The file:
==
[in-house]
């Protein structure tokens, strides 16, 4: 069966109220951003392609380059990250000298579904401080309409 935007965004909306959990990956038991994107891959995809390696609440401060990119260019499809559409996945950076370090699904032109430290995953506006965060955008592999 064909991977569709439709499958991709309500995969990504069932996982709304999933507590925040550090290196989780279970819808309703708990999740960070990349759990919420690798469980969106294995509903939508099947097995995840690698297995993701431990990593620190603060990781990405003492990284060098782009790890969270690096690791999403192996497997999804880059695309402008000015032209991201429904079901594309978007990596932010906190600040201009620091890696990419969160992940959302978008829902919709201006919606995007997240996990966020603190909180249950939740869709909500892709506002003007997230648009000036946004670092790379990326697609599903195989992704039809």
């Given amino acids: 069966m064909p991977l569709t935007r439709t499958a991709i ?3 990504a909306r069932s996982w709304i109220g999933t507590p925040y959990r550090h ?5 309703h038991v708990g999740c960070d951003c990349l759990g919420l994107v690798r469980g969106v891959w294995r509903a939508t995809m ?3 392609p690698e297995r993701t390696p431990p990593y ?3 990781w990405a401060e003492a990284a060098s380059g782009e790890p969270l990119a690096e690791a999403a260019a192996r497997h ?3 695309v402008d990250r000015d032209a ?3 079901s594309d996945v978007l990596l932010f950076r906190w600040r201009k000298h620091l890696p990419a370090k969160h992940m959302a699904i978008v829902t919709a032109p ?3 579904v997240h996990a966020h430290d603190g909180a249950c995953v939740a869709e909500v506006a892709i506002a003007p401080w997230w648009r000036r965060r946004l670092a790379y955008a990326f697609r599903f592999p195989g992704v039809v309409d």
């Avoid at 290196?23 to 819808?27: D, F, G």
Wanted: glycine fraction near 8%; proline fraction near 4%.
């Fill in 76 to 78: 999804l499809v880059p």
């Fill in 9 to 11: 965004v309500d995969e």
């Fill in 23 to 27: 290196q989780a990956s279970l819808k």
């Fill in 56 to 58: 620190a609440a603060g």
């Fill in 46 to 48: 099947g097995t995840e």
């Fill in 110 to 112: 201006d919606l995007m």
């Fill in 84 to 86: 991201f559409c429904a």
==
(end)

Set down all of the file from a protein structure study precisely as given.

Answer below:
[in-house]
């Protein structure tokens, strides 16, 4: 069966109220951003392609380059990250000298579904401080309409 935007965004909306959990990956038991994107891959995809390696609440401060990119260019499809559409996945950076370090699904032109430290995953506006965060955008592999 064909991977569709439709499958991709309500995969990504069932996982709304999933507590925040550090290196989780279970819808309703708990999740960070990349759990919420690798469980969106294995509903939508099947097995995840690698297995993701431990990593620190603060990781990405003492990284060098782009790890969270690096690791999403192996497997999804880059695309402008000015032209991201429904079901594309978007990596932010906190600040201009620091890696990419969160992940959302978008829902919709201006919606995007997240996990966020603190909180249950939740869709909500892709506002003007997230648009000036946004670092790379990326697609599903195989992704039809």
């Given amino acids: 069966m064909p991977l569709t935007r439709t499958a991709i ?3 990504a909306r069932s996982w709304i109220g999933t507590p925040y959990r550090h ?5 309703h038991v708990g999740c960070d951003c990349l759990g919420l994107v690798r469980g969106v891959w294995r509903a939508t995809m ?3 392609p690698e297995r993701t390696p431990p990593y ?3 990781w990405a401060e003492a990284a060098s380059g782009e790890p969270l990119a690096e690791a999403a260019a192996r497997h ?3 695309v402008d990250r000015d032209a ?3 079901s594309d996945v978007l990596l932010f950076r906190w600040r201009k000298h620091l890696p990419a370090k969160h992940m959302a699904i978008v829902t919709a032109p ?3 579904v997240h996990a966020h430290d603190g909180a249950c995953v939740a869709e909500v506006a892709i506002a003007p401080w997230w648009r000036r965060r946004l670092a790379y955008a990326f697609r599903f592999p195989g992704v039809v309409d």
């Avoid at 290196?23 to 819808?27: D, F, G």
Wanted: glycine fraction near 8%; proline fraction near 4%.
């Fill in 76 to 78: 999804l499809v880059p």
């Fill in 9 to 11: 965004v309500d995969e």
């Fill in 23 to 27: 290196q989780a990956s279970l819808k």
């Fill in 56 to 58: 620190a609440a603060g």
């Fill in 46 to 48: 099947g097995t995840e």
């Fill in 110 to 112: 201006d919606l995007m």
């Fill in 84 to 86: 991201f559409c429904a």